“L” is for “Location”: The Pleasures of On-site Research

The Alphabet Posts are back!  (And believe me, it took a few minutes to remember which letter I’m on. Ahem …)

For me, research is one of the most fascinating parts of writing a book. And for a (predominantly) historical romance writer, that generally means submerging myself as much as possible in the past, absorbing the details and attitudes of a bygone age, while trying to keep my connection to the story emotional, visceral, and real. So I read letters, memoirs, and journals, and familiarize myself with the lives and careers of historical figures who might have influenced the creation of my characters.

Model of H. G. Wells' Time Sled
Model of H. G. Wells’ Time Sled

Virtual time travel is wonderful, of course, and with the wealth of print and online resources now available, you can get closer to the past than you ever imagined. But even the best secondary sources can’t always recapture the experience you want to have as a writer and to convey to the reader. And that’s when on-site research becomes highly desirable, even essential.

The late Margaret Frazer attended a reenactment of medieval mystery plays, performed in the open air by a traveling troupe, as part of her research for A Play of Heresy, her last Joliffe the Player mystery. Deanna Raybourn, author of the Lady Julia mysteries, traveled to England because she needed to smell a moor for her third book in the series. And I’ve heard some Regency authors discuss the upcoming bicentennial of Waterloo and debate going to visit the battlefield to get a genuine “feel” for the last battle of the long-running Napoleonic wars.

Battlefield of Culloden, photo by Auz
Battlefield of Culloden, photo by Auz

Having once visited Culloden Moor, though not for research purposes at the time, I can attest that the old battle sites do carry a certain “vibe.” In Culloden’s case, it was a mournful, desolate one, enhanced by the overcast grey sky and the scrubby reddish-brown brush–the color of old blood–that covered the terrain. I was depressed even before I saw the stones marking the mass graves where Highland clans had fought and died for the Jacobite cause.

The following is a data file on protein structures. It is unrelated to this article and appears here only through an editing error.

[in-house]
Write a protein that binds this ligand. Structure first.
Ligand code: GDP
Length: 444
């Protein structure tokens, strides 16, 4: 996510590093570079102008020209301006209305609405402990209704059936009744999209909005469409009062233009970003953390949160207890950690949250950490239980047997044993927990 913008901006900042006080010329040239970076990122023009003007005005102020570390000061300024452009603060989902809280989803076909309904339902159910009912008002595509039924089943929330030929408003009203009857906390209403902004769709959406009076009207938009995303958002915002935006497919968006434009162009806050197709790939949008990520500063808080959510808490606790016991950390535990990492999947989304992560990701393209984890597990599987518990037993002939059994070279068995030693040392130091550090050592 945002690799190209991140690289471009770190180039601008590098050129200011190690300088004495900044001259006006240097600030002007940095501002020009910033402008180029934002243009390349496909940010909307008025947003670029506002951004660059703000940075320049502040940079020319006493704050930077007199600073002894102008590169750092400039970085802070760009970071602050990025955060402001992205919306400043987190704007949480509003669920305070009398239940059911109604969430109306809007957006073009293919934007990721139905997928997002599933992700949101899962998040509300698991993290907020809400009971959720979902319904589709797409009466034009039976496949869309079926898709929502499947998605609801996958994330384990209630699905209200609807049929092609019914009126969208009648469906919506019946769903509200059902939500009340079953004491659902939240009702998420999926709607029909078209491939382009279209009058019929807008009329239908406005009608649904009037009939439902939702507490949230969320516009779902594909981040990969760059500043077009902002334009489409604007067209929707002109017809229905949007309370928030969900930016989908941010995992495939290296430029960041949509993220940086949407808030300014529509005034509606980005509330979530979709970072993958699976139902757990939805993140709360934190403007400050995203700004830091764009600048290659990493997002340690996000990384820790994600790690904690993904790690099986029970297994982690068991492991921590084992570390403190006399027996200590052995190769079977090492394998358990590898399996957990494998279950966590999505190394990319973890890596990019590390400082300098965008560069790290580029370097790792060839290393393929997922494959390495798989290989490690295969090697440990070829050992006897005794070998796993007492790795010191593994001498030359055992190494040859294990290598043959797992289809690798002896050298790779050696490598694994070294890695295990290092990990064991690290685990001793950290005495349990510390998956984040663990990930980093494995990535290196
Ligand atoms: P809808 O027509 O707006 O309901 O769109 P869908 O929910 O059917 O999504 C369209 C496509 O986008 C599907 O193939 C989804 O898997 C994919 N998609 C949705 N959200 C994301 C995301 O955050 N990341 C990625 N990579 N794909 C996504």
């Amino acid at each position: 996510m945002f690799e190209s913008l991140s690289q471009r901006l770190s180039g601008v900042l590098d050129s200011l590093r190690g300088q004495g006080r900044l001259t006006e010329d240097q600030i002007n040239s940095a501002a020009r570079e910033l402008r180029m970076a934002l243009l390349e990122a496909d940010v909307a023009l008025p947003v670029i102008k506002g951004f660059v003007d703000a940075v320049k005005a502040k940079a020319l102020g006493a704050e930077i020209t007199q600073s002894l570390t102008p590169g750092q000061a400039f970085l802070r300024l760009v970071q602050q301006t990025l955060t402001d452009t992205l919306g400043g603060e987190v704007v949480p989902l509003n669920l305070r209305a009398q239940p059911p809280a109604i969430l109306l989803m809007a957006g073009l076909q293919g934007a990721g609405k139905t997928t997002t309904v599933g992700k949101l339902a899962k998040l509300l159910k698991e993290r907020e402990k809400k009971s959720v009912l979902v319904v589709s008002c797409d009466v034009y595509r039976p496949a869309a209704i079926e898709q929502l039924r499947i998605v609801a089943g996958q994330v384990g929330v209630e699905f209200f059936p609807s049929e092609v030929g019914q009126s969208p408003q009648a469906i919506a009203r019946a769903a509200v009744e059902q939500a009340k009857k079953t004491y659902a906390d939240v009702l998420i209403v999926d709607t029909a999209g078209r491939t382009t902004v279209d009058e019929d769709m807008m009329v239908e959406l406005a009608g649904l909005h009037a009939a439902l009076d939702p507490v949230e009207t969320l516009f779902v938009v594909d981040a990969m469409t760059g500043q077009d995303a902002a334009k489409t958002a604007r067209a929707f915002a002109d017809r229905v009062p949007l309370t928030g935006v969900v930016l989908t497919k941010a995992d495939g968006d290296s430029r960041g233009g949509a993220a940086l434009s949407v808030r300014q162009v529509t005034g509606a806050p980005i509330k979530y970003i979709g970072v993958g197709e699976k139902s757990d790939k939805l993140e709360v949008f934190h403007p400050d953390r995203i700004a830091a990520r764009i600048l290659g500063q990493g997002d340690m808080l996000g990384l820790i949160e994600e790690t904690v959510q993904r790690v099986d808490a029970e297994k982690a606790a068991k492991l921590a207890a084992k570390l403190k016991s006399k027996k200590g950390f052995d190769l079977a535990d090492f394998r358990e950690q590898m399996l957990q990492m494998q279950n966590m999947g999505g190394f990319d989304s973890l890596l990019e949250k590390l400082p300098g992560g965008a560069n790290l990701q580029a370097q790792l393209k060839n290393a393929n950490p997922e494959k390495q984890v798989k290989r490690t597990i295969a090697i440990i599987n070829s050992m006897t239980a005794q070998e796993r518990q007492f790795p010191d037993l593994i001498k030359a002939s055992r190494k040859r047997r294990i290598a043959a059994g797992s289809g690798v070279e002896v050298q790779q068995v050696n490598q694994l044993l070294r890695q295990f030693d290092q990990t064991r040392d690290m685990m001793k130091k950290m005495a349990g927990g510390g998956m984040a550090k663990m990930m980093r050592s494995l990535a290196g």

Magdalen College, Oxford University, photo by Romanempire
Magdalen College, Oxford University, photo by Romanempire

On a happier note, I’ve also visited Oxford University, though sadly my memories of it aren’t as vivid as they could be. I’ve seen Blenheim Palace and Stonehenge.  I’ve walked on the medieval walls surrounding York, which could come in very handy in one of my WIPs, set in Yorkshire. I’ve seen the Elgin Marbles, the Rosetta Stone, and a fascinating collection of cameos and intaglios at the British Museum. I’ve walked my feet off visiting the Tower of London, and seen–though not heard–the Tower ravens hopping about the yard. And I’ve been to Cornwall, though not, alas, as close to the north coast as my characters are.

Unfortunately, on-site research of this nature is a luxury. My first-hand memories of the UK were all acquired on one trip, years ago. Few of us have the means or opportunity to jet off to see every detail of our books’ setting for ourselves. So it’s pure serendipity when you find what you need much closer to home.

MemorabiliaWallIn my case, that turned out to be the Hard Rock Cafe. Because, as it happens, one of my WIPs is actually a contemporary–or maybe it’s more accurate to call it a “modern” historical–romance starring a British rock band, set in the 1990s. Up until now, my research process for this story has consisted of mining my own memories as a child/teen of the ’80s, reading interviews with actual British bands of the time, watching concert footage and old music videos. Not until last month did I realize that some of what I might be looking for–the ambiance and overall set-up of a theme restaurant/live-music venue–could be found at the HRC.

In retrospect, it seems strange not to have thought of it before–there have been several HRCs in California, though several have closed over the years. But there was still one within driving distance in Hollywood and that was where my companion and I headed one Sunday morning.

StefaniGownWhat we found exceeded our expectations. A collection of rock-n-roll memorabilia that included such items as Jim Morrison’s leather pants, one of Gwen Stefani’s evening gowns, guitars played by groups like Guns ‘N’ Roses and Steely Dan, and manuscripts on which original lyrics were scribbled; multiple TV screens broadcasting vintage music videos, including Joan Jett’s “I Love Rock-n-Roll” and the campy Jagger-Bowie ’80s cover of “Dancing in the Streets,” which I find impossible to watch with a straight face; a tiered seating arrangement that explained how HRC could conceivably fit several hundred people in their space even with live entertainment; and, of course, the stage itself, complete with speakers and standing mics. Best of all, we met some friendly, chatty servers who were more than happy to dish about the place and what it was like when a band was booked to play there.

GnRGuitarSo we stayed for a couple of hours, soaking up atmosphere, asking questions, and having a very good lunch on top of all that. We left well-satisfied on all levels, and are even contemplating a return trip in the not-too-distant future. When the answers to our research questions are just a short drive rather than a transatlantic flight away, it seems a shame to waste the opportunity.

After all, don’t we owe it to the Muse?

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